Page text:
Using Data to Protect Wildlife
Hong Kong is a major hub for international wildlife trade. The Conservation Forensics team’s research is providing data to support efforts to combat and reduce the illegal trade of wild species.
As well as being an international financial and trading hub, Hong Kong has also earned the unwelcome title of being a major hub for the global trade in wildlife – much of which is illegal. Hong Kong is a major transportation hub and is geographically well located for the business as demand for the wildlife is mainly from Asia. It is a longstanding problem: Between 1997 and 2016, the city ranked 6th in the world based on the value of the trade per ‘country’, accounting for about US$250 billion.
The breadth and size of the trade makes it difficult to monitor and the number of species involved make monitoring by customs particularly complex. Furthermore, the value of traded wildlife increases as their populations decline and they become rarer, and this drives ever-greater exploitation of threatened species. A team from the School of Biological Sciences has been making substantial progress in reducing the trade through the use of data forensics and techniques such as barcoding, genomics, diet analysis and population genetics to track wildlife and traders. The team analyses trade networks to identify trade routes and trading hotspots for pangolins, for example, and analyses trends in the live trade of reptiles and birds in Hong Kong. Other research projects focus on identifying species using molecular techniques for juvenile eels and shark fins.
“You need to know which species is being traded,” said Dr Caroline Dingle. “Some are legal to trade, and some are not.”
The data is shared with enforcement agencies to help them target their efforts. The team also collaborates with Faculty of Law to develop species impact statements that are used to give judges and prosecutors a deeper understanding of the impact of illegal trade, including the ecological impacts and market value of the animals.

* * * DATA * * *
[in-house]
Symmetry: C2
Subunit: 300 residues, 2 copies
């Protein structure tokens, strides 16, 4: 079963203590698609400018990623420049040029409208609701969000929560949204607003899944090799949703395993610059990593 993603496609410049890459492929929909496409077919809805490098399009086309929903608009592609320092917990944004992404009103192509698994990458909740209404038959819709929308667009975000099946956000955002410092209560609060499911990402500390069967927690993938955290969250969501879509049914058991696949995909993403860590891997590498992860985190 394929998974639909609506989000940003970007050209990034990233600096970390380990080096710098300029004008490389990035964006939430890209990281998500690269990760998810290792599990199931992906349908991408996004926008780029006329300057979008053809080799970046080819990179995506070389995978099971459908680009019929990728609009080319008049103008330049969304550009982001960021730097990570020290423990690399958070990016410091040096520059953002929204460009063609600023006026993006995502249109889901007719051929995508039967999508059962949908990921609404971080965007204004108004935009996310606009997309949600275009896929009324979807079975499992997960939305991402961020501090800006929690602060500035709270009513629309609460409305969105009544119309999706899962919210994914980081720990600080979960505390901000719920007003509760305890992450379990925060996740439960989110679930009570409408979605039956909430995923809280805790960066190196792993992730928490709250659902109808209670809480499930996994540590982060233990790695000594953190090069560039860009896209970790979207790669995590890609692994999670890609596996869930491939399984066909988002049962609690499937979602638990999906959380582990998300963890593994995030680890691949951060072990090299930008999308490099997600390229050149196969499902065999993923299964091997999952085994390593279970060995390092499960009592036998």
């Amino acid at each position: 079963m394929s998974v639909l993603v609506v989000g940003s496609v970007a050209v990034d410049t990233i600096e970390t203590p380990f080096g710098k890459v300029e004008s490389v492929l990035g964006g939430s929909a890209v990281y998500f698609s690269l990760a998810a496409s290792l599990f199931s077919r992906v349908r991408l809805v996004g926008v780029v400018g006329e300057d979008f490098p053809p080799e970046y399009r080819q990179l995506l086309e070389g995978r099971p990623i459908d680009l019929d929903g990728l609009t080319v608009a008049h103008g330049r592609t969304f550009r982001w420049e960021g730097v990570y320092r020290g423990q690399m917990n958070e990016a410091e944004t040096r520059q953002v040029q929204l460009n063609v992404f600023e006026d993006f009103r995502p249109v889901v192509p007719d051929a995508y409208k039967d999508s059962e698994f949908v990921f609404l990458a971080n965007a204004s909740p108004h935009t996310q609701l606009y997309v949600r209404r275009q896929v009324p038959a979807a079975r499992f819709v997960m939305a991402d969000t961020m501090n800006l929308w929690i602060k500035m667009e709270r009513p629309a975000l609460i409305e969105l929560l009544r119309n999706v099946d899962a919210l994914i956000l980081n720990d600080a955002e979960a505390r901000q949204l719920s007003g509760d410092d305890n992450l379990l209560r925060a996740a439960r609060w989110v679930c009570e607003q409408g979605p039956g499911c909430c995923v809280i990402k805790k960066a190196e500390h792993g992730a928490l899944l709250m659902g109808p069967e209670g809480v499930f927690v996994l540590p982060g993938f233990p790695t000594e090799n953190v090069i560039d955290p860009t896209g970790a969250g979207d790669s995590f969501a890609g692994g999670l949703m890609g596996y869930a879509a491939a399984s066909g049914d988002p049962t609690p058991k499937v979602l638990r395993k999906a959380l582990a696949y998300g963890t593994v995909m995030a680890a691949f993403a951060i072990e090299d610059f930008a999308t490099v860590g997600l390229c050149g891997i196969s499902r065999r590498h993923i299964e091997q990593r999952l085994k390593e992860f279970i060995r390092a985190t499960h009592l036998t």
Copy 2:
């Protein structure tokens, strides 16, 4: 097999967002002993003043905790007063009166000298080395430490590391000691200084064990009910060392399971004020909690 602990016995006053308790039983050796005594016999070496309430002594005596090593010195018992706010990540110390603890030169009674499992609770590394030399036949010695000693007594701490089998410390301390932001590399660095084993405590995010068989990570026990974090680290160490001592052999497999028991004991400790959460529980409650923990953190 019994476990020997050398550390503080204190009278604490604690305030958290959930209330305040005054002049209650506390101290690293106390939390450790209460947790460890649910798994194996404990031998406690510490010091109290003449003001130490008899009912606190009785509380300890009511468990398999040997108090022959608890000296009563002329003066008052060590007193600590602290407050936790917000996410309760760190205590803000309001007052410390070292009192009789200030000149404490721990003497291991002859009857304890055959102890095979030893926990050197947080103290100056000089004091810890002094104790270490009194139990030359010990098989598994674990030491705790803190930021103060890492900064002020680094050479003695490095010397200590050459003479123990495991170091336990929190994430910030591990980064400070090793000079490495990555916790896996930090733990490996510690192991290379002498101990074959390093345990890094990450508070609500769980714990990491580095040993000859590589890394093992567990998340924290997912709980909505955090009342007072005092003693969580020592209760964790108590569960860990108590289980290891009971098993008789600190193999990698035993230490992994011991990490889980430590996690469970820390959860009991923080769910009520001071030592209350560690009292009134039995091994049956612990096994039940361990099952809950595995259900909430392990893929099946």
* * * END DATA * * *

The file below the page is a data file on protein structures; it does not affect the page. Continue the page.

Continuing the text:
The team also works with the Hong Kong Customs and Excise Department and organisations including the World Wide Fund for Nature (WWF), National Geographic and TRAFFIC, and the collaboration has had big results, including the arrest of a group of 40 people in the European Union involved in trading in eels from Europe. Their research has also helped increase protection for endangered species including freshwater turtles, pangolins and potentially songbirds. Songbirds, in demand as pets or for use in songbird competitions, are under threat due to lack of trade monitoring, said Dr Dingle. “Over 30 species in Asia are threatened with extinction due to this trade,” she remarked, adding that the impact has left entire forests silent in Indonesia after all the birds have been hunted out.
The team also raises awareness of the threat to wildlife by hosting workshops and seminars, and giving interviews to local and international press.
In the meantime, she and her team continue to work on the data, bolstered by the knowledge that “the work we’ve done is helping enforcement efforts to reduce Hong Kong’s role as an international wildlife trade hub,” she added.
Dr Caroline Dingle, Dr David Baker, Dr Timothy Bonebrake, and Professor David Dudgeon of the School of Biological Sciences received the University’s Knowledge Exchange Excellence Award 2020 for the project ‘Reduction of Illegal Global Wildlife Trade through Novel Conservation Forensics Research’.